Gunfire and explosions rock Burundi amid coup claims

Clashes reported in capital as army chief says attempted coup, triggered by president’s bid for third term, has failed.

Heavy gunfire and explosions have rocked Burundi’s capital Bujumbura a day after a senior army officer said he had dismissed the country’s president following weeks of protests over a controversial third term, our correspondent has said.

“We understand military factions loyal to the president are fighting those loyal to the coup leader,” Al Jazeera’s Malcolm Webb, reporting from Bujumbura, said. 

“An independent TV station called Renaissance was attacked and burnt overnight,” our correspondent said.

The clashes come amid a flurry of rumours over the status of the attempted coup on Wednesday, the whereabouts of President Pierre Nkurunziza, and who remains in control of the central African nation.

A top Burundian general and former intelligence chief Godefroid Niyombare said on Wednesday he had launched the coup, capping weeks of violent protests against Nkurunziza’s controversial bid for a third term.

The general has ordered the closure of Bujumbura airport and the landlocked nation’s borders, and declared he had the support of “many” high-ranking army and police officials.

But on Thursday morning, Burundi’s armed forces chief announced that the attempted coup against Nkurunziza had failed, reported the AFP news agency. 

Who is Burundi’s Pierre Nkurunziza?

General Prime Niyongabo said the coup had been stopped and that pro-Nkurunziza forces controlled the presidential office and palace.

“The national defence force calls on the mutineers to give themselves up,” he added on state radio, also under the control of forces loyal to the president.

A spokesman for the anti-Nkurunziza camp, Burundi’s police commissioner Venon Ndabaneze, told AFP the claim was false and that his side was in control of facilities, including Bujumbura’s international airport.

“This message does not surprise us because the general has long been allied to the forces of evil and lies,” he said.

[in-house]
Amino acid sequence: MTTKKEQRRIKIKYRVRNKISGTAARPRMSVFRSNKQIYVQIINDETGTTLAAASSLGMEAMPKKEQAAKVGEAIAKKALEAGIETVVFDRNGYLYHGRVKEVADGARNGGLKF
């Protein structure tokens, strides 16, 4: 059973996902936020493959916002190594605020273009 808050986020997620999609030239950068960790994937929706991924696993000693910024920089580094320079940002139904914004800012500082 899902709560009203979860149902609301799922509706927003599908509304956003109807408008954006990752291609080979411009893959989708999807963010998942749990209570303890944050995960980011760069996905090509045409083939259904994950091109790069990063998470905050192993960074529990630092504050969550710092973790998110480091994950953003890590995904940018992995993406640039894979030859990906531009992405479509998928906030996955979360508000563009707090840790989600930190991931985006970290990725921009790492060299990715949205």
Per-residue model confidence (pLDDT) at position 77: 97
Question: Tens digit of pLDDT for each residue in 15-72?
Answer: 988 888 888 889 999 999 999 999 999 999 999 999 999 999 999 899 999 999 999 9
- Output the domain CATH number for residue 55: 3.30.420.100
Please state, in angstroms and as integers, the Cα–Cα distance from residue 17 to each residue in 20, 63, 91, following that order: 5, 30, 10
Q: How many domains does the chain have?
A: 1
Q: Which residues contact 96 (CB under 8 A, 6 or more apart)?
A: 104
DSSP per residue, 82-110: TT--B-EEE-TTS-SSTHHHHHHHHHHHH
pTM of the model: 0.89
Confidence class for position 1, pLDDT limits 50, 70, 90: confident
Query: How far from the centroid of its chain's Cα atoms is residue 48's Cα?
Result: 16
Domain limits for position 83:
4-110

Padraic MacOireachtaigh, a freelance journalist based in Bujumbura, told Al Jazeera it was difficult to identify who the army was fighting against, though it “seems to be another army-backed faction loyal to the president”.

Confusion remains over the whereabouts of Nkurunziza, whose attempt to return home from neighbouring Tanzania after the coup was announced was blocked by opponents who seized the airport.

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Hundreds of people took to the streets in celebration after the coup announcement, shouting “Victory!” and sounding car horns.

Cheering crowds were also seen walking alongside marching soldiers and climbing aboard tanks in the lakeside capital.

The latest radio announcement and the denial signals that the outcome of the coup attempt remains uncertain, and that overnight negotiations within the armed forces – which appears sharply divided over the issue – may have failed.

The crisis has raised fears of a return to widespread violence in the country, which is still recovering from a brutal 13-year civil war that ended in 2006.

Hundreds of thousands of people were killed in the conflict, marked by massacres between the majority Hutu – to which Nkurunziza belongs – and minority Tutsi. 

Speaking late on Wednesday to France24, General Niyombare said there was still “some confusion” and that “things will become clear” on Thursday.

Nkurunziza, who was endorsed by his ruling CNDD-FDD as candidate for the June 26 polls, became Burundi’s president in 2005 after being installed by parliament. His supporters say he is eligible for a third term as he was not directly elected by people.

Burundi’s constitution allows only two five-year terms, and critics say the move by the president to run for a third term goes against the 2006 peace accord which ended the civil war.

Source: Al Jazeera, News Agencies